But now back to the inevitable and perpetual moaning and groaning from previous cheerleaders....

Could not agree more. Key allowed almost uncontrolled immigration for short term political gain.
This put huge pressure on housing, roads, hospitals etc.
Labour and NZ First promised to slash these numbers. Winston is deafening in his silence on this matter now that he has the "baubles of power".
It does not make sense to build 10,000 or so houses a year when we have constant immigration of 70,000 people flooding into this country, we are just being conned by our dishonest politicians!!

As one of the common taters who did some back-of-envelope figgering on the price floor aspect, I'm pleased to see it aired more solidly than could my bumbling bloviations.

The most distressing thing about a price floor is that it is not confined to new builds. It spreads sideways, and at a discount or a premium, across suburbs, localities, cities and provinces. We are at the far end of this process (I timed its start at 2002-03 when the Welcome Home loan craziness began), and its only cemented itself in more firmly and spread more widely ever since, under both administrations.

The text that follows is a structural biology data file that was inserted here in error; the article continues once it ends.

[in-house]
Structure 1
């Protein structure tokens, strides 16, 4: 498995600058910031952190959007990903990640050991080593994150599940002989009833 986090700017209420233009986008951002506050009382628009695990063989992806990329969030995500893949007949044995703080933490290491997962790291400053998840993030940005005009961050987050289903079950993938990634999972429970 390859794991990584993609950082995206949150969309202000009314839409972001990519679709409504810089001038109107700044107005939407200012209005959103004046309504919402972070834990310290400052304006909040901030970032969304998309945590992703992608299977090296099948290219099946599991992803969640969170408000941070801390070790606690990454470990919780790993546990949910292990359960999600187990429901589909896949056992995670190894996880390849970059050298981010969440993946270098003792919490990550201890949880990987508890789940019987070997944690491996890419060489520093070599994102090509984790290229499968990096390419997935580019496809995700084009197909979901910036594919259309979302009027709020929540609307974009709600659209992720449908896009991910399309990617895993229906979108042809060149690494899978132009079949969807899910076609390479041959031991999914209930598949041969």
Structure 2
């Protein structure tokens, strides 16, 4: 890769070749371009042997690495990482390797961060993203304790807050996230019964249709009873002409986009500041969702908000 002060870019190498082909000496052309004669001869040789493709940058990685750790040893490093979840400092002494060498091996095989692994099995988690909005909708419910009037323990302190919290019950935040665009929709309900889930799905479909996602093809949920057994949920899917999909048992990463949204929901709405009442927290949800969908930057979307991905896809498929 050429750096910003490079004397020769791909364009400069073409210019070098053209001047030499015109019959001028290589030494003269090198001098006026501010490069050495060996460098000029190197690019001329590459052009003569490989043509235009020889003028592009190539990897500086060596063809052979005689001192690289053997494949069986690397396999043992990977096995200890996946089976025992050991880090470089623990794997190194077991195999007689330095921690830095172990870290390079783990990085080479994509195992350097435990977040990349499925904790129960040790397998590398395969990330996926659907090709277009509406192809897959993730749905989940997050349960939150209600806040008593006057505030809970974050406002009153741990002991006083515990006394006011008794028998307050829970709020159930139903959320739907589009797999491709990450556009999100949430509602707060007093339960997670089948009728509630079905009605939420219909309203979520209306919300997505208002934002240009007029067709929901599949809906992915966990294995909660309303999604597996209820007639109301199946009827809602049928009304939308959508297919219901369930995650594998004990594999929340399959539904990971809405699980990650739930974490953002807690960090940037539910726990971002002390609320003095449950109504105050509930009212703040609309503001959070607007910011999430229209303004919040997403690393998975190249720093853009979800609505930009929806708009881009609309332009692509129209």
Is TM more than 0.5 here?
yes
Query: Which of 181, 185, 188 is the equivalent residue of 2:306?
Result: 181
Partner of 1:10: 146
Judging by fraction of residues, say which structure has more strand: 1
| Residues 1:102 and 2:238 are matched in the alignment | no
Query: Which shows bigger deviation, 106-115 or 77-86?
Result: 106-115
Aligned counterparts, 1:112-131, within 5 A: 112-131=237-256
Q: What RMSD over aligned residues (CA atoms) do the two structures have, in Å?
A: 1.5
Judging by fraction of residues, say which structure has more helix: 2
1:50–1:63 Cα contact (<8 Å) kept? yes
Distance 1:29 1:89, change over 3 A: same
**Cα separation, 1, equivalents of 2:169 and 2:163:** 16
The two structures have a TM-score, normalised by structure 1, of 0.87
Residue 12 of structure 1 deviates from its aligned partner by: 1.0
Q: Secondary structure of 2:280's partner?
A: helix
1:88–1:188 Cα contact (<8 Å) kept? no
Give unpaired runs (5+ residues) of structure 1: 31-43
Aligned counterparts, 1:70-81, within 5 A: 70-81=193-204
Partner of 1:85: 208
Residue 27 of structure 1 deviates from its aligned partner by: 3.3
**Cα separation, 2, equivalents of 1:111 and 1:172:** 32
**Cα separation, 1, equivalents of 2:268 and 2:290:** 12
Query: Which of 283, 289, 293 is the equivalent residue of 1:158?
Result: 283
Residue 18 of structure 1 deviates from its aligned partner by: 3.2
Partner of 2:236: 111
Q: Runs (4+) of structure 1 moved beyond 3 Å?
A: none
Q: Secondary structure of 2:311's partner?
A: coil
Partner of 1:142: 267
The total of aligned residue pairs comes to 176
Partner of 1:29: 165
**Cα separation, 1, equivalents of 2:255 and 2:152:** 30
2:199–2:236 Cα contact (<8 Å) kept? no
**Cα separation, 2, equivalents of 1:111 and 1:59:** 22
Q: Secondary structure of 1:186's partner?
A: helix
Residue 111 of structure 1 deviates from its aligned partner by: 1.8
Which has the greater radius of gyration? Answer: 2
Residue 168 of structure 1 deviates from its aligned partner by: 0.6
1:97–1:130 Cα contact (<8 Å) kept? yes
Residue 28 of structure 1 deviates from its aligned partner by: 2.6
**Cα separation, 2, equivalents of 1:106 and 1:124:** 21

The net effect is to jack up the entry price for FHB's, battlers and the middle-middle alike, and to transfer that to existing land and home owners via instant unearned CG. I gave a personal example here, and while that was an extreme and now ancient example, it was indicative of the mechanism in general.

The least we could all urge is that this utterly stupid mechanism should not be spread even wider: because the baleful effects already evident well downstream cannot be wound back: probably a lost cause.

Calculate the unearned CG to all and sundry, conferred by past price floor increases, and divide by the likely WH loans issued or KB homes numbers built. It's not a pretty sight.

Wow imagine buying off the plans and it never gets built.

The government is jumping the gun to make themselves look good. Small problem, selling them is the easy part, the time it actually takes to build them is the major problem.

What a joke, just imaging the length of the queue........."Buy now and move into it in 10 years time"

Humans are intrinsically motivated to take the path of least resistance. Capitalist humans combine this with an appetite to look at opportunities like this and exploit.

In one fell swoop this will provide those opportunistic enough a major reduction in the barriers to entry for any size development. Not only will finance be far easier, but the government will be intrinsically engaged in any such development as they will in effect have a financial (and political) interest in ensuring it doesn't go bust.